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Life in a lighthouse

Posted by Simon Waxman  November 23, 2012 04:39 PM

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“Solitude is the word, not loneliness.”

That’s how one lighthouse keeper describes his work, a kind of work almost no one does anymore, in "Behind the Light," a beautiful short documentary about lighthouse keepers in Britain.

According to filmmaker Ronan Glynn, all lighthouses in the United Kingdom are now automated, and there’s no longer a place for the stoic men who braved ocean storms and months with little human contact. “Those that we interviewed, though old enough to be retired, would have gladly continued on,” he points out.

It’s impossible not to romanticize the keeper’s life. “You had the time,” one of the interviewees says. “And when you read a book, you read a book. You had time to read the book. I mean, most of the things now, we just skip through them, don’t we?”

In the film, the keepers’ sense of loss is palpable, though each handled the shift to automation differently. “Handel Bluer, the eldest keeper, was the least disgruntled,” Glynn says. “He had seen various benefits from new technologies throughout his career and recognized it as necessary. The youngest, Bill Arnold, was less at peace with leaving the job. He was forcibly retired.”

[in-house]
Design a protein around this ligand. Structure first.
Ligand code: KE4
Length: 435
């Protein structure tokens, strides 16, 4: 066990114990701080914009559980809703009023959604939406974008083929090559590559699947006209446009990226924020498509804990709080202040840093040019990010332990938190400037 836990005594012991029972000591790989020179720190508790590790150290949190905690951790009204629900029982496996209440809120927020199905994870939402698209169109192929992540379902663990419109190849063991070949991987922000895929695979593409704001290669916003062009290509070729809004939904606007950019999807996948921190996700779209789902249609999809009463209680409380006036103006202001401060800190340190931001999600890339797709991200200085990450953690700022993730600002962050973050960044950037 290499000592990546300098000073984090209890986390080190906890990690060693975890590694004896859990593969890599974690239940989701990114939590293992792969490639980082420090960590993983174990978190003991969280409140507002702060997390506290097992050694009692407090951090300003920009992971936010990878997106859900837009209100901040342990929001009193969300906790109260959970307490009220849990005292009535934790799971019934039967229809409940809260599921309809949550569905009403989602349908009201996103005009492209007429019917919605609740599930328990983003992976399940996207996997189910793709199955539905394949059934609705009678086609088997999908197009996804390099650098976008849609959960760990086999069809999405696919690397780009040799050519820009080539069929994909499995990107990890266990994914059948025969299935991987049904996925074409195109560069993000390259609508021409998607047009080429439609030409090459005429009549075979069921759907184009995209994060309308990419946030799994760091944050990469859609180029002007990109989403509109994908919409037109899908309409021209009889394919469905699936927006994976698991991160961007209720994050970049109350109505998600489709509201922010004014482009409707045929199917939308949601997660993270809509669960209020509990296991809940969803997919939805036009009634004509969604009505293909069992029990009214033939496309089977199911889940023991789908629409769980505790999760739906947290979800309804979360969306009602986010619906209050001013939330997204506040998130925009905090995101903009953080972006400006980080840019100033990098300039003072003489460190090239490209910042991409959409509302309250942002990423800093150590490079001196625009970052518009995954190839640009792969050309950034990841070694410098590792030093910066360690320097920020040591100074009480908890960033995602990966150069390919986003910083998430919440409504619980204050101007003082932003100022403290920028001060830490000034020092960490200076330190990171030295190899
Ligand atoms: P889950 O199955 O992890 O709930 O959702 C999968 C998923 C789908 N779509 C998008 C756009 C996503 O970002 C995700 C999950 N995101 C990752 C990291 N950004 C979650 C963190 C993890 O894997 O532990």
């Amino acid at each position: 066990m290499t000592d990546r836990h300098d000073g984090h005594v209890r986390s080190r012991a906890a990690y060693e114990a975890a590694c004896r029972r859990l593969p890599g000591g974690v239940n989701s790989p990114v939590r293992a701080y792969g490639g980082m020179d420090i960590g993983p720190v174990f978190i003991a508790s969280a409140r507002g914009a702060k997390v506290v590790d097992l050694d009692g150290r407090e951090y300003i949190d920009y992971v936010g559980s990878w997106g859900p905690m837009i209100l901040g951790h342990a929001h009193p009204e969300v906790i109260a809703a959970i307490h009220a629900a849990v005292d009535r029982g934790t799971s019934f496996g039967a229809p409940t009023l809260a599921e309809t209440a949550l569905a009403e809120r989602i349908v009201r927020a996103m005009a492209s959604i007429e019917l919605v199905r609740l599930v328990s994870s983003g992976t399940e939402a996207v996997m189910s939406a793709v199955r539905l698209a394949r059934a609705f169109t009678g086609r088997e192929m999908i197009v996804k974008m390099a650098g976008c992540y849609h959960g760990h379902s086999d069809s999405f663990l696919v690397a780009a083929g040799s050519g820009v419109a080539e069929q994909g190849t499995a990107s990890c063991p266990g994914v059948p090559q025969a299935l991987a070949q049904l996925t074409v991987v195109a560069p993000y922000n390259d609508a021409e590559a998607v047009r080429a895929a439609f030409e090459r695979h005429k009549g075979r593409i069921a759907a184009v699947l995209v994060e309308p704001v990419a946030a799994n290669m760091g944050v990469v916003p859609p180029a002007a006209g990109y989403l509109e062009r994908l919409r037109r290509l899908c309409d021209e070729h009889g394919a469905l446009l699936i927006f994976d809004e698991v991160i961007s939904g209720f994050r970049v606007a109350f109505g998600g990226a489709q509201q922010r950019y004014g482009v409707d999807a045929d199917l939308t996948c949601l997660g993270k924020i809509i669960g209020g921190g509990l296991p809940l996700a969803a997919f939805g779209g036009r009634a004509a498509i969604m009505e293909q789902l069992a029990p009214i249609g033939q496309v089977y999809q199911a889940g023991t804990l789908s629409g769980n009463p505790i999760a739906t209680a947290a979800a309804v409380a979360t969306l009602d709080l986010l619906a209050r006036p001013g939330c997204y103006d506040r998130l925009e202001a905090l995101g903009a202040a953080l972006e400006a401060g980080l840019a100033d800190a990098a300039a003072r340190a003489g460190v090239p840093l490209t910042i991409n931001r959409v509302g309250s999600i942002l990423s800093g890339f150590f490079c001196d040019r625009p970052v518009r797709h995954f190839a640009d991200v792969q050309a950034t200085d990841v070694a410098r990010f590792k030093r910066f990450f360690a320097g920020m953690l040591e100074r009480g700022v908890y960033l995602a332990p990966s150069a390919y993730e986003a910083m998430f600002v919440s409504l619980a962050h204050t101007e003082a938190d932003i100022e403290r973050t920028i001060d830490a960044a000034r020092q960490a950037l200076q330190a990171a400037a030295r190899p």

Though less than six minutes long, the film manages to be remarkably rich, its nautical scenes side by side with the faces and voices of the keepers, honest and worn. Dreamy animations emphasize that we’re in a world of memory.

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About brainiac Brainiac is the daily blog of the Globe's Sunday Ideas section, covering news and delights from the worlds of art, science, literature, history, design, and more. You can follow us on Twitter @GlobeIdeas.
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Joshua Rothman is a graduate student and Teaching Fellow in the Harvard English department, and an Instructor in Public Policy at the Harvard Kennedy School of Government. He teaches novels and political writing.

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